My Week With Google

After writing an unexpectedly positive post on Google last week, I decided to take a week using Google's services to see how much they've changed in the years since I last relied on them.

First up, Gmail:

I originally registered the domain with Google Apps years ago, and as such was grandfathered in when they dropped their free domain tier. Even though I've changed email registrars several times all it takes is a simple MX records change to switch back. I had a Gmail account since literally the first day they were available in 2004. 10 years later I still can't get the hang of their web interface. I love the option of tags vs. folders and the spam filtering and server side rules can't be beat. It's the look and layout that just doesn't lend itself to the way I deal with email. After a couple of days I switched to IMAP using the built in Apple Mail. It was a nightmare. The way Gmail deals with the Archive (All Mail) folder created thousands of duplicate messages. Any mail with multiple tags was copied over and over into IMAP folders. What would normally be maybe 2 GB of mail resulted in a 6 GB+ database, effectively slowing Apple Mail to a crawl. I couldn't wait to get back to traditional IMAP.

Google Contacts:

This was a pain from the beginning. After uploading my 300+ contacts Google immediately began making weird contact groups based on import date and other metadata. It also changed the resolution of all contact photos to a pixelated mess. Contact groups (the ones I actually wanted) also don't sync to Apple Contacts on either Mac OS X or iOS.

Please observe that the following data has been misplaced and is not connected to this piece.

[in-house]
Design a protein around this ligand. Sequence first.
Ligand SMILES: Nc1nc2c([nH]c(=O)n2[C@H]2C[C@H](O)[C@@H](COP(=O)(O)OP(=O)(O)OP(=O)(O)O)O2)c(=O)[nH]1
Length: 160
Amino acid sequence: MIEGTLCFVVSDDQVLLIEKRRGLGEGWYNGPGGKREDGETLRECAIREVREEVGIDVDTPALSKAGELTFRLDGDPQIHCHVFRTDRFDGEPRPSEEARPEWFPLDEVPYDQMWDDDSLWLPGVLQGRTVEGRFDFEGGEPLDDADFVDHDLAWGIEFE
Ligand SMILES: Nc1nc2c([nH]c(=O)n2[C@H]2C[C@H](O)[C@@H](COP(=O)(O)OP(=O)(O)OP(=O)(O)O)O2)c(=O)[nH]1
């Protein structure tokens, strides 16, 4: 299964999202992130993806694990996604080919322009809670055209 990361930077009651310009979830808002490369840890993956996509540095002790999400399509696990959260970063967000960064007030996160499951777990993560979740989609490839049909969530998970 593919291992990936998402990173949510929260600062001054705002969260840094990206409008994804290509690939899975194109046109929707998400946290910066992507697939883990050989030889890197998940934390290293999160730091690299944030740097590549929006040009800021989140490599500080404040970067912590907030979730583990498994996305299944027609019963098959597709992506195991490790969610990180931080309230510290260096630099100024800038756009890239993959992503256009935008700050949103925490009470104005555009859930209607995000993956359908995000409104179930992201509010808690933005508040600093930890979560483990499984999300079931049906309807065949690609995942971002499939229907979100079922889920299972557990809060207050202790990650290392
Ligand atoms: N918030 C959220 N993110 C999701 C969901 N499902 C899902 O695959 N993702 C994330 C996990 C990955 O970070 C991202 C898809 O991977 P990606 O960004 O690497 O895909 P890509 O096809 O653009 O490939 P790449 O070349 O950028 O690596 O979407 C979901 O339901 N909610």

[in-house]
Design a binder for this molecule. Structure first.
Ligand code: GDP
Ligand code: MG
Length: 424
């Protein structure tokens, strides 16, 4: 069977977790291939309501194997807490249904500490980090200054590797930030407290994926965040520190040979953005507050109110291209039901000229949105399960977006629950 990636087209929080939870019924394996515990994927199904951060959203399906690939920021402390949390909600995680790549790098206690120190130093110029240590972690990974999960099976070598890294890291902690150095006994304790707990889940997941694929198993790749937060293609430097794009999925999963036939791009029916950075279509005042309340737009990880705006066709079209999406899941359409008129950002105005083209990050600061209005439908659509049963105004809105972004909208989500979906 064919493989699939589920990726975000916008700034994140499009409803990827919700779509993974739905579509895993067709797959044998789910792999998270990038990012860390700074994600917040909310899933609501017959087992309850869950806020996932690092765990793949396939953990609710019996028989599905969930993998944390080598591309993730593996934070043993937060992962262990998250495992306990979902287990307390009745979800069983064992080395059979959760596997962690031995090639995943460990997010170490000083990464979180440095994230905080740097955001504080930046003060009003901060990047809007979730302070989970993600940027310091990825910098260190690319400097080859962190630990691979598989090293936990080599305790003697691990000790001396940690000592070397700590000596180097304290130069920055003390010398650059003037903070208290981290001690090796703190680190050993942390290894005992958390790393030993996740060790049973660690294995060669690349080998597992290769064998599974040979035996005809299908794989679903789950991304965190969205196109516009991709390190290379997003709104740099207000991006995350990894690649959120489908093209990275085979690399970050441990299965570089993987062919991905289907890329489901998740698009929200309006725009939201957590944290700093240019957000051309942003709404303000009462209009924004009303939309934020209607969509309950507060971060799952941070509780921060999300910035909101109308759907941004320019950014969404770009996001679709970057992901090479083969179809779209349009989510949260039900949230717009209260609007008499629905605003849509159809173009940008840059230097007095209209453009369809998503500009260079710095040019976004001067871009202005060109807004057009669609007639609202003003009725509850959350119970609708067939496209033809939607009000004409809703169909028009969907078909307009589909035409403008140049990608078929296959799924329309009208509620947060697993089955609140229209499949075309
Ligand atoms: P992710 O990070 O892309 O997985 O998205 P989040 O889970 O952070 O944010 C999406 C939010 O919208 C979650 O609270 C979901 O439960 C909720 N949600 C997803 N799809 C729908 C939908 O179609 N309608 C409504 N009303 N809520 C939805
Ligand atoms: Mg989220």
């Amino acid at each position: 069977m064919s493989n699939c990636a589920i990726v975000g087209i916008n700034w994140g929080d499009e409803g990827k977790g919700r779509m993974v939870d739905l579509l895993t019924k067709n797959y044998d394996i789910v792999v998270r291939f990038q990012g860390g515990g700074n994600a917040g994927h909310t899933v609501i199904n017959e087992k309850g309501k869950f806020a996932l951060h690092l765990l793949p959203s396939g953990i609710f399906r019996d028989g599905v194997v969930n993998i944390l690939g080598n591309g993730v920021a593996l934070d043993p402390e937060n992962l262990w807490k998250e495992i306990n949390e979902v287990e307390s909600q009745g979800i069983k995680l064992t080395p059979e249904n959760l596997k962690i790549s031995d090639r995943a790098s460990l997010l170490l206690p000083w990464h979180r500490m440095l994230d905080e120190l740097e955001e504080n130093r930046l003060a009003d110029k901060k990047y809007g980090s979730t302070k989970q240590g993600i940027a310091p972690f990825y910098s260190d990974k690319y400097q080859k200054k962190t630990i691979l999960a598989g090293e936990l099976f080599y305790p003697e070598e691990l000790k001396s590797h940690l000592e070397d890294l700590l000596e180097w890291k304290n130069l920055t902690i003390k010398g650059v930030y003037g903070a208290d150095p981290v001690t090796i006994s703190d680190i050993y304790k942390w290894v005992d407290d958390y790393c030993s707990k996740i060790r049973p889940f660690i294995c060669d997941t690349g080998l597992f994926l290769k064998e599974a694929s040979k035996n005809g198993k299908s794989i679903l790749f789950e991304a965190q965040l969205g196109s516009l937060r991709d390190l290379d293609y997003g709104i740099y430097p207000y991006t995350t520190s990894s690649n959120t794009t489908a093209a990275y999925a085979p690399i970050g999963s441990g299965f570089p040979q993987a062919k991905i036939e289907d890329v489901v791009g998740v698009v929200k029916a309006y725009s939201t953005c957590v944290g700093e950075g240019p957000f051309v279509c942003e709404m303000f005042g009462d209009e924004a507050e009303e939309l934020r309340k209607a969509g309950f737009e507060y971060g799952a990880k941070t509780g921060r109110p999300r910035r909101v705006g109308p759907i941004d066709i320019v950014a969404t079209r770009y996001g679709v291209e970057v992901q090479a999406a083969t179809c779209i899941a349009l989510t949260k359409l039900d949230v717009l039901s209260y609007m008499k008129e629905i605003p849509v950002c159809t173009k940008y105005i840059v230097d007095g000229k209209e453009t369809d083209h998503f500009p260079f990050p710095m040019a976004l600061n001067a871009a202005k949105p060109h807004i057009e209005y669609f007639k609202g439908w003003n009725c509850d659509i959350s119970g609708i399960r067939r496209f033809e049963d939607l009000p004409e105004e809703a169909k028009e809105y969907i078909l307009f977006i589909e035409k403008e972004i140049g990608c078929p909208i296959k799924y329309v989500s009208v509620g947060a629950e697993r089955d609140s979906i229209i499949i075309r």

Google Calendar:

The one Google app I had no issues with. Rock solid. Easy to use both as a web app and syncing with the Mac OS X and iOS Calendars. My only complaint is the inability to add anything more than a title and date in the web interface without opening the individual entry.

Google Docs:

Not nearly as powerful as Microsoft Office or even Apple iWork, but more than sufficient for basic documents and spreadsheets. The collaboration is second to none though, and other productivity suites have a lot of catching up to do in that regard.

Google Chrome:

Snappy, fast and least the first 10 minutes it's open. After that it becomes a major resource hog. Activity Monitor showed it consistently using up to a GB of RAM and 50% CPU usage, and that was only with 4 or 5 tabs open. It became almost unusable with more than that. My fan was also on overdrive constantly.

7 days may not have been enough time to truly give Google a fair chance, but the issues I had I can't imagine getting used to or accepting if I'd tried for 7 years. My main gripe is the lack of built in interoperability with my hardware of choice. As a dyed in the wool Apple user, iCloud and traditional IMAP services "just work". If I owned a ChromeBook and an Android phone/tablet I'd guess a lot of the syncing complaints wouldn't exist. I do understand the appeal though. For people who are used to managing everything on the web as opposed to native applications, Google is far and away the best option. It's just not for me, and the older I get the more I realize that's ok. I don't have to evangelize anyone who feels differently.